Standard of Care for Endometriosis Patients

March is Endometriosis Awareness Month. Author and endometriosis patient Samantha Bowick has written articles revolving around important questions and information about endometriosis. Her new book Living with Endometriosis: The Complete Guide to Risk Factors, Symptoms, and Treatment Options is out on April 24, 2018.

Standard of Care for Endometriosis Patients

The standard of care for endometriosis patients is in need of drastic improvement. Patients go to emergency rooms because they are in so much pain, only to be turned away because emergency room doctors do not know enough about the disease or think patients are only there seeking drugs. Either way, this is awful; patients suffering with the debilitating pain of endometriosis need to be taken seriously by all medical professionals and receive the best possible care.

Many patients, when trying to get an emergency appointment with a gynecologist, are brushed off, told to call back the next business day to follow up because their disease is technically not life threatening. As a result, they are not given any form of treatment or have any tests done. Yet through it all, the pain of endometriosis remains excruciating, making it difficult to do the sorts of daily tasks that other people do without thinking. Taking a shower, cooking, and driving are just a few of the many tasks that women suffering with endometriosis may have to put on hold because of the amount of pain they are in.

Unfortunately, it can take women with the disease anywhere from seven to ten years to be properly diagnosed with endometriosis. They may also be misdiagnosed with different illnesses, when in reality, they are suffering from endometriosis. This is because, despite as many as 176 million women worldwide suffering with the disease, medical professionals are still not being taught about endometriosis during their college curriculum.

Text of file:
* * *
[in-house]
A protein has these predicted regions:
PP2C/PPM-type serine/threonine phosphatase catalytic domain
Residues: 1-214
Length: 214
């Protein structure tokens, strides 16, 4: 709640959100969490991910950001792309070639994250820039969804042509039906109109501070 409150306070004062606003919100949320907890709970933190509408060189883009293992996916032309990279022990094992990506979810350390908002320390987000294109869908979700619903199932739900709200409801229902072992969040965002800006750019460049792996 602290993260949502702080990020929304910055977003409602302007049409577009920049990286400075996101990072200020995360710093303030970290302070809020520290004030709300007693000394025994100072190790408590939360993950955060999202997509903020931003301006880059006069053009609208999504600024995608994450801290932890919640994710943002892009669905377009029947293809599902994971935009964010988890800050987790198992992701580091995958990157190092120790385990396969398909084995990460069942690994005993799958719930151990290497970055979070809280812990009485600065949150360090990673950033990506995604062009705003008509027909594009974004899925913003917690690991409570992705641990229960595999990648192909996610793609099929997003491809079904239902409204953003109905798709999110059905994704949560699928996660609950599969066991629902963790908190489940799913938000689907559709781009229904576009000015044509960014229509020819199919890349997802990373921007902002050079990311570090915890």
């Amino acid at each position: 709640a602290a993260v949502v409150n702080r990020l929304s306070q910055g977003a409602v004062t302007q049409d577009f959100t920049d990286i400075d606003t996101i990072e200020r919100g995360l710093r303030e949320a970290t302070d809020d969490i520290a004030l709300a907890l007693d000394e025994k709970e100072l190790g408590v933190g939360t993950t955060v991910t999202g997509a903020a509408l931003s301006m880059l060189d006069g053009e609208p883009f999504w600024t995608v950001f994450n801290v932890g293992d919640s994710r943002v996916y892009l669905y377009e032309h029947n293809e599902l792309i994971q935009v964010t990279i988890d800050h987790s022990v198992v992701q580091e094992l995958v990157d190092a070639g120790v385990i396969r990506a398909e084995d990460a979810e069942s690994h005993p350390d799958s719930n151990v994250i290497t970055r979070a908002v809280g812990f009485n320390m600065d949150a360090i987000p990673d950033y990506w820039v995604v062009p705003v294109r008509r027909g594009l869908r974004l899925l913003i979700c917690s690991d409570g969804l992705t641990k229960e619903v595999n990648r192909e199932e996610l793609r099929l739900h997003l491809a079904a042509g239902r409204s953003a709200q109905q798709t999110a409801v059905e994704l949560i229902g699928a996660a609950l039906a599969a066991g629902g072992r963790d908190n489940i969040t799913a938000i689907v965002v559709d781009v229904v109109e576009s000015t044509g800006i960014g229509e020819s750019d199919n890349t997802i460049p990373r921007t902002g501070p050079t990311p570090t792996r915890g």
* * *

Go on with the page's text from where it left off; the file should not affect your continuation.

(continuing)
Women should not have to endure multiple surgeries or have drastic procedures, such as a hysterectomy, in hopes that their pain will diminish. Having one or more surgeries each year is invasive, costly, and can create more scar tissue for the patient. If more physicians were taught about endometriosis and how to excise the disease during surgery, these measures would not need to be taken and multiple surgeries and removal of organs would not have to take place. Even those women who are able to work with endometriosis are forced to take time off to recover from surgery, which can cost them their job, especially if they have to have multiple surgeries. And all of this is on top of the many risks that come with having anesthesia numerous times, as well as complications from multiple surgeries.

Unfortunately, this is the reality for so many patients who suffer with endometriosis: doctors dismiss their pain and symptoms, they are frequently misdiagnosed, and have to endure multiple surgeries and incisions, creating scar tissue, and removing multiple internal organs. It is time this stopped. Establishing an appropriate standard of care for endometriosis patients is crucial.


Living with Endometriosis includes expert advice drawn from doctors and researchers tackling this debilitative disease, along with tips for recognizing symptoms and getting the most effective help possible. Pre-order your copy now on Amazon and wherever books are sold. It is available on April 24, 2018.

Samantha Bowick has a Master of Public Health degree from Liberty University. She received a Bachelor of Science degree in Health Care Administration at Columbia Southern University. She is devoted to using her education and experiences to advocate for women who suffer with endometriosis. She currently lives in Aiken, South Carolina.